Feb. 7—BETHEL — With the prospect of a grant on the table to demolish Bethel Christian Academy and turn the site into a park, members of the church that owns and operates the private school must now decide whether to part with it.
Confusion ensued last week following news of a FEMA grant being pursued to turn flood-prone properties in downtown Canton into a riverside park. While the deacons of Bethel Baptist Church had unanimously endorsed the idea two years ago, it was unclear whether those over the school or in the congregation at large were aware of the plan.
Now, a new vote will now be taken to the full congregation on Feb. 25.
Following the 11 a.m. service at Bethel Baptist on Sunday, Pastor Roy Kilby brought head deacon Bobby Shelton up to the pulpit to announce the upcoming vote. The congregation had voted to sell the building once before, but that was seven years ago and many didn't remember, Shelton said.
Some thought it was still for sale, but others thought it was off the market since the contract with the realtor had expired, Shelton explained. The dynamics of the church have changed a lot since the initial vote, Shelton said, and asked all to pray before their decision.
The school, housed in the former Canton YMCA, sits in the floodway and was swamped by the Pigeon River during the floods of 2004 and 2021.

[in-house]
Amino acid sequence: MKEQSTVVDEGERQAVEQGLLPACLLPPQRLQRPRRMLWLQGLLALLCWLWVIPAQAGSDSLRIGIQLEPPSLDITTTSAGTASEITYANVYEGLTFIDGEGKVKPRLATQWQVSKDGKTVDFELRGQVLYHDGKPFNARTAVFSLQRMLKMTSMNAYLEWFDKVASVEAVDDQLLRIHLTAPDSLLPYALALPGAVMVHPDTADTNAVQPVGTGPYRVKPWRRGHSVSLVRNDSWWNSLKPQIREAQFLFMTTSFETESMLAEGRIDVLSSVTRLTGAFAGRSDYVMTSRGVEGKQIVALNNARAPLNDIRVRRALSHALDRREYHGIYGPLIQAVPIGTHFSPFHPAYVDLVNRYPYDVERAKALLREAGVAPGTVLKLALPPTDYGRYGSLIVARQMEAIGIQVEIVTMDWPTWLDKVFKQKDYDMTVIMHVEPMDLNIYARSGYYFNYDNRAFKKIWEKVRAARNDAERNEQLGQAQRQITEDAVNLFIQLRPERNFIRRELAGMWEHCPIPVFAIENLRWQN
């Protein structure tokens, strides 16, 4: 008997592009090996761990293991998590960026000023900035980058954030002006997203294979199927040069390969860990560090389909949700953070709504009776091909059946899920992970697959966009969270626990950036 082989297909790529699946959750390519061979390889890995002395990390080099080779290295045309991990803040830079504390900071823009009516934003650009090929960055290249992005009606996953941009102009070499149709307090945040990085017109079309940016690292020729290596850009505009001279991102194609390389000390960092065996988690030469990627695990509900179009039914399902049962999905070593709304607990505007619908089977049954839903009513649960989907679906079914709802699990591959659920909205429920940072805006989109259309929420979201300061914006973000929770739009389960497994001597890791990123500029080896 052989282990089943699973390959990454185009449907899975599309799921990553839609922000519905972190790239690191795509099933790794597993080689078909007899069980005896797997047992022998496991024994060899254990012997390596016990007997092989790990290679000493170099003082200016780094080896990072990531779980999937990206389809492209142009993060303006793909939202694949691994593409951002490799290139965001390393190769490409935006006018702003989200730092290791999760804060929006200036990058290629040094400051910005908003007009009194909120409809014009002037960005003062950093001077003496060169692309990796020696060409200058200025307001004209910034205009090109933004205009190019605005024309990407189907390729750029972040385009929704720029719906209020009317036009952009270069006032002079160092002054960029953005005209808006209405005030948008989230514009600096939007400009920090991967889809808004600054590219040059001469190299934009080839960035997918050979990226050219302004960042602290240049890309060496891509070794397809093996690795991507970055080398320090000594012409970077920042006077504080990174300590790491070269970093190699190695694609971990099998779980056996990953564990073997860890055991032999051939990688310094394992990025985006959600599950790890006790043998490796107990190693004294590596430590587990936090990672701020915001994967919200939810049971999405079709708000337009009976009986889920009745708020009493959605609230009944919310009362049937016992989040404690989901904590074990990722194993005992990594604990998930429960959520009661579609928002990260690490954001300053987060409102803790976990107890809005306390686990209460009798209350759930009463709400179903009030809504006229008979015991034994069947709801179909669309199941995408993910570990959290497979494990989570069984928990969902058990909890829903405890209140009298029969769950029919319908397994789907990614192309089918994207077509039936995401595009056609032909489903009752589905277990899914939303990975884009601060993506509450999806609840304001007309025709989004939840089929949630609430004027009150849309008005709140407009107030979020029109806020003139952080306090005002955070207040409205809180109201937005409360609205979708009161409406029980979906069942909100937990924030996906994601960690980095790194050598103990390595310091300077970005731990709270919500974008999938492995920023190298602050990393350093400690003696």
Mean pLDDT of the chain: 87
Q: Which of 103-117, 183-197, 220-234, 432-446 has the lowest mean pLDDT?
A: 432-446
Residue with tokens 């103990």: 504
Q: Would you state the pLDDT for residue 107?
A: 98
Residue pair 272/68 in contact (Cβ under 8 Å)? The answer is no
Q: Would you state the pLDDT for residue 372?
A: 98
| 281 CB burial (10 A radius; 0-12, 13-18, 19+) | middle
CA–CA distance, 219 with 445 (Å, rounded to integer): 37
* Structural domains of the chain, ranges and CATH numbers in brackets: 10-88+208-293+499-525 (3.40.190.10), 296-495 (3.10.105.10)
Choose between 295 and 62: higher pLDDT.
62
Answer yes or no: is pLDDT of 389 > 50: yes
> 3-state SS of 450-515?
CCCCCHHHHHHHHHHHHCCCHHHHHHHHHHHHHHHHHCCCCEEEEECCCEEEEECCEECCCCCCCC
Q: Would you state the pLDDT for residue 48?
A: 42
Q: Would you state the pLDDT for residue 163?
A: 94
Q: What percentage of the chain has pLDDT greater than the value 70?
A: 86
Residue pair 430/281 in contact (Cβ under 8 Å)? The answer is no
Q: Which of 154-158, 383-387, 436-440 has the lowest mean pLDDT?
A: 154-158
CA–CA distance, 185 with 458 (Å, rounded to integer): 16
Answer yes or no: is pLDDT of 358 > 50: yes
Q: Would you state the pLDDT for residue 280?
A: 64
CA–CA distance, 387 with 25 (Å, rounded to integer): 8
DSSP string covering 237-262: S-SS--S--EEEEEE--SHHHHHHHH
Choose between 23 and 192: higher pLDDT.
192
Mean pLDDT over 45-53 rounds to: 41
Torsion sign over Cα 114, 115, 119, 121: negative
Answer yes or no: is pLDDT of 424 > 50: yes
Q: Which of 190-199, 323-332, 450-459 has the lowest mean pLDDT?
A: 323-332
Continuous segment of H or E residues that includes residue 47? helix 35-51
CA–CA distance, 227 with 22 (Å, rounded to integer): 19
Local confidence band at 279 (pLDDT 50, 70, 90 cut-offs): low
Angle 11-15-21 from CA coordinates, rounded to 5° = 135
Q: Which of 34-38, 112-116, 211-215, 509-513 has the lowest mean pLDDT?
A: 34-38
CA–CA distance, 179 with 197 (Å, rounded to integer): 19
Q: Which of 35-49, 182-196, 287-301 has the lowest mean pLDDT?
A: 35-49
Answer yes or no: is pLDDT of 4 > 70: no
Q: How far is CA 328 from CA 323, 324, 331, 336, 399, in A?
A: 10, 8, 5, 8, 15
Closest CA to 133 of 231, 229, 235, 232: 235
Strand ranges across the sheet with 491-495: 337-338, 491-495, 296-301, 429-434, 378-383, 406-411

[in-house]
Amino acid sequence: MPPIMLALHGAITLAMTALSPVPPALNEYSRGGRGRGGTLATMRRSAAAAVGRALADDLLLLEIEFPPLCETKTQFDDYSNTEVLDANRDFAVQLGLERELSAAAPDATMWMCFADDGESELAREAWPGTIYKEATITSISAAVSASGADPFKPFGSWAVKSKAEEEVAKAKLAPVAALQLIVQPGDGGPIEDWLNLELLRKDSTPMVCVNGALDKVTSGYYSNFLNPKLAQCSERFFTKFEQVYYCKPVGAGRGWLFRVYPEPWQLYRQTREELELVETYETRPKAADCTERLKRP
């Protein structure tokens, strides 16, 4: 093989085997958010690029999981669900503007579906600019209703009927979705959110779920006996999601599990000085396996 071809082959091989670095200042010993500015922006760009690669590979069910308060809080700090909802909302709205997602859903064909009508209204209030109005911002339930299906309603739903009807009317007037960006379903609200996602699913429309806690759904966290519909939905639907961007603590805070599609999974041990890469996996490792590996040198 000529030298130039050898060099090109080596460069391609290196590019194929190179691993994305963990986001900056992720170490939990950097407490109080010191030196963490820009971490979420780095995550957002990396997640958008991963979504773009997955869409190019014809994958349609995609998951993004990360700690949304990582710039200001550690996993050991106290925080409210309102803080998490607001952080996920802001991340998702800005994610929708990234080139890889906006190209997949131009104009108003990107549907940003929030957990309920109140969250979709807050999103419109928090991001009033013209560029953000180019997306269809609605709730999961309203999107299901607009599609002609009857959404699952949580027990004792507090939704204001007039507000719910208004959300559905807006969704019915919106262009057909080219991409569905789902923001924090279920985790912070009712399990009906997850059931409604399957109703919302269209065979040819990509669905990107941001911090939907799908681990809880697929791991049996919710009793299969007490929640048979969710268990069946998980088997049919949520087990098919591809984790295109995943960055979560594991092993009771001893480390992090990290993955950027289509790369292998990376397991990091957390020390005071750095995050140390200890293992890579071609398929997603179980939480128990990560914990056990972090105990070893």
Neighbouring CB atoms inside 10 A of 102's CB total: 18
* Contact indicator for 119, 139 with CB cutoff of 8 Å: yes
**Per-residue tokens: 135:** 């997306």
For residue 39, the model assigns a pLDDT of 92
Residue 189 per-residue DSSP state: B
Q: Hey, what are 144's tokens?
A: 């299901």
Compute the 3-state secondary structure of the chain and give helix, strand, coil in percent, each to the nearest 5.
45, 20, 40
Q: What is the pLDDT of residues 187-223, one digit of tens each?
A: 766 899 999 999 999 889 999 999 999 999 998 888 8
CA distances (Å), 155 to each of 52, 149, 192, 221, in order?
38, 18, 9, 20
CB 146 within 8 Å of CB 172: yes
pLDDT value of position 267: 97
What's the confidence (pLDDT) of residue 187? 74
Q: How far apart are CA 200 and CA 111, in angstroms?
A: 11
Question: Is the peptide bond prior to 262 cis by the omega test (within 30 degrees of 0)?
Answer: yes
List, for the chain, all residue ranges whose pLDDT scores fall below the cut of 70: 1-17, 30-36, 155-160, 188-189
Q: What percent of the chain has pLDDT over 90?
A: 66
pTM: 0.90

The school site is a strong candidate for a $6.7 million FEMA grant to mitigate future flooding by converting development in the flood plain to open space. The concept emerged from a "flood print plan" by N.C. Coastal Dynamics Design Lab, which is providing services free of charge to help Haywood County develop a plan to mitigate future flooding.
When asking the church about future plans for the academy building last week, The Mountaineer was referred to Shelton and Kilby, who chartered Bethel Family Ministries, a nonprofit organization under which Bethel Christian Academy operates.
Kilby said the building wasn't for sale and that the idea was absurd. Shelton, likewise, said it was his understanding that the building wasn't for sale.
Other deacons were of the understanding the church-wide vote to sell taken years ago was still in effect, and said the building was simply no longer listed with a real estate agent to give the church more control over who bought it and the future building use.
When an opportunity to apply for the FEMA buyout program came along, the deacons voted to pursue the option.
In 2002, Bethel Baptist purchased the 5.5 acre site and building for $400,000. The property now has a value of $3.25 million, according to county tax rolls.